billionaire J. Paul refused to pay $17m for his kidnapped Grandson

Billionaire J. Paul refused to pay $17m for his kidnapped Grandson

billionaire J. Paul Getty refused to pay $17m ransom for his kidnapped Grandson. When the teenager’s severed ear arrived, he agreed $3m but only paid $2.2m… the maximum that would be tax deductable. He lent the other $800k to his son on the condition that he pay it back with 4% interest.

“On July 10, 1973 in Rome, kidnappers abducted 16-year-old John Paul Getty III
and, over the telephone, demanded $17 million for his safe return.
However, the family suspected a ploy by the rebellious teenager to
extract money from his miserly grandfather. John Paul Getty, Jr. asked his father for the money, but was refused.

billionaire J. Paul refused to pay $17m for his kidnapped Grandson
In November 1973 an envelope containing a lock of hair and a human
ear arrived at a daily newspaper. The second demand had been delayed
three weeks by an Italian postal strike.
The demand threatened that Paul would be further mutilated unless the
victim’s paid $3.2 million: This is Paul’s ear. If we don’t get some
money within 10 days, then the other ear will arrive. In other words, he
will arrive in little bits.
When the kidnappers finally reduced their demands to $3 million,
Getty senior agreed to pay no more than $2.2 million—the maximum that
would be tax deductible. He lent his son the remaining $800,000 at 4%
interest. Paul III was found alive in southern Italy shortly after the
ransom was paid. After his release Paul III called his grandfather to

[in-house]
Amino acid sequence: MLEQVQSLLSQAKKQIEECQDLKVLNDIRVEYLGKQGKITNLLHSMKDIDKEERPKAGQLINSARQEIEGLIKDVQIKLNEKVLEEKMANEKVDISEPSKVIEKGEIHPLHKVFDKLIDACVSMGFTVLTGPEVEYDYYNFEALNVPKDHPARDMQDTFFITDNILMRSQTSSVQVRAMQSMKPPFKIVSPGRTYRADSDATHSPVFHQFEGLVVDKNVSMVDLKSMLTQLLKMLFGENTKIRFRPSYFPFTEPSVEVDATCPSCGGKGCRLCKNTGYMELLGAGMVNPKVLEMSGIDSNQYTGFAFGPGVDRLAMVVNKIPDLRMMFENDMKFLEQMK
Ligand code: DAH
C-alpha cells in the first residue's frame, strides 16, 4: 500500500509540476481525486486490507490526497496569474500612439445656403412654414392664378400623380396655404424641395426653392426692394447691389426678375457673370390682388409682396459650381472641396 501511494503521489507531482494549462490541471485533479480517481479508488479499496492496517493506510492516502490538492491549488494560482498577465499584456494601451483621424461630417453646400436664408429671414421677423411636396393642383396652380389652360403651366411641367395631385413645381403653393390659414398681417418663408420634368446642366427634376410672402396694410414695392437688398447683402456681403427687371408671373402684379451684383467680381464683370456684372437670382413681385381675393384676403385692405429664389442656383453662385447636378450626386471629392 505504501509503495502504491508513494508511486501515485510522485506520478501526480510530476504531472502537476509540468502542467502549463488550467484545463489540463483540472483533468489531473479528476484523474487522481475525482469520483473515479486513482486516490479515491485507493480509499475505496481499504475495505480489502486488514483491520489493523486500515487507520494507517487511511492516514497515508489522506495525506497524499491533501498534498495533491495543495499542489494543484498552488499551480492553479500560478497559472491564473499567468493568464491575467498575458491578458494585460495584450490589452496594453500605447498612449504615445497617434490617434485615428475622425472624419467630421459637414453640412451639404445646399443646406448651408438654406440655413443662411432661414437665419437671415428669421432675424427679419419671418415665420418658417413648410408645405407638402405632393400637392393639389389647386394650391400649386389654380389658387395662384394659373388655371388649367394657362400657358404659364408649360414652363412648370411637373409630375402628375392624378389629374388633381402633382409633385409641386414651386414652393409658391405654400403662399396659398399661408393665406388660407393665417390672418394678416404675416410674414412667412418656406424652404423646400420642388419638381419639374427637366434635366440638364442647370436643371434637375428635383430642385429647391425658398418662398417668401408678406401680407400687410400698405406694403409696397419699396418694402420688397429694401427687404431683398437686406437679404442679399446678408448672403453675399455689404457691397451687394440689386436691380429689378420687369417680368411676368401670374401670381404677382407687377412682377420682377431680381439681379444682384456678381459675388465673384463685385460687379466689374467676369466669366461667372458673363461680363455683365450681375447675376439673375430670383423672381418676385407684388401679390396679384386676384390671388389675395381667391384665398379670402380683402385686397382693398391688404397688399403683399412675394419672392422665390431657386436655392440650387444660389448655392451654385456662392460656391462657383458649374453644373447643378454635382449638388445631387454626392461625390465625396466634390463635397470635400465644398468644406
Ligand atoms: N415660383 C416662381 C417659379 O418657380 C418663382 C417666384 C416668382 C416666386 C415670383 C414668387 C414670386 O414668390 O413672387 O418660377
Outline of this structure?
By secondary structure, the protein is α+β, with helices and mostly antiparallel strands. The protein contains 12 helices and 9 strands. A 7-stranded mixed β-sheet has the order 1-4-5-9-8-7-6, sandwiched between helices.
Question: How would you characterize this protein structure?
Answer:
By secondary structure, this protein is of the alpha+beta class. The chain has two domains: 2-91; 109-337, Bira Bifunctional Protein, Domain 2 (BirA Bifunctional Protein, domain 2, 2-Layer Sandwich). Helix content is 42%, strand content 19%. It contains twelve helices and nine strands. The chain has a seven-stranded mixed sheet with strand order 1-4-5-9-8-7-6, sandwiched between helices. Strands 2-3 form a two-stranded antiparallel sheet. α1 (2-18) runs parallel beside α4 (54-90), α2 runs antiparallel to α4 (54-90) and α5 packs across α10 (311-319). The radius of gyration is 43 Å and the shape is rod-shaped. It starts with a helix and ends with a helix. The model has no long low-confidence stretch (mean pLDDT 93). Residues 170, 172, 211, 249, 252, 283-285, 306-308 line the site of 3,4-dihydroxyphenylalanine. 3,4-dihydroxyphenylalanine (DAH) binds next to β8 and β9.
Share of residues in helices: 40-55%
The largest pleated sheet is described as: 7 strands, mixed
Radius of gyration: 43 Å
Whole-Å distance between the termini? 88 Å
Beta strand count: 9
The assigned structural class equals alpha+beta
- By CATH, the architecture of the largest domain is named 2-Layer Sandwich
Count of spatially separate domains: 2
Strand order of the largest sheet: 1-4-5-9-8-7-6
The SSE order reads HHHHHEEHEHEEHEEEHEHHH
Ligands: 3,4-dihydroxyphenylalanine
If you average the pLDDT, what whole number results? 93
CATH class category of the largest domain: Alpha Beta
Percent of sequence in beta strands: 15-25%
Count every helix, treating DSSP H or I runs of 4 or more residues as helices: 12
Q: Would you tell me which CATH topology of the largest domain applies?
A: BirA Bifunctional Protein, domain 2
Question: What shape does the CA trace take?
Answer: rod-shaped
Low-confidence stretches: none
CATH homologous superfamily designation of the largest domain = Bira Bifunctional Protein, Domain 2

thank him for paying the ransom but Getty refused to come to the phone. Nine people were later arrested for the kidnapping, but only two were convicted.
Paul III was permanently affected by the trauma and became a drug
addict. After a stroke brought on by a cocktail of drugs and alcohol in
1981, Paul III was rendered speechless, nearly blind and partially
paralyzed for the rest of his life. He died 30 years later on February
5, 2011 at the age of 54.
Getty defended his initial refusal to pay the ransom on two points.
First, he argued that to submit to the kidnappers’ demands would
immediately place his other fourteen grandchildren at the risk of
copy-cat kidnappers. He added:
The second reason for my refusal was much broader-based. I contend
that acceding to the demands of criminals and terrorists merely
guarantees the continuing increase and spread of lawlessness, violence
and such outrages as terror-bombings, “”skyjackings”” and the slaughter of
hostages that plague our present-day world. (Getty, 1976, pg.139).”

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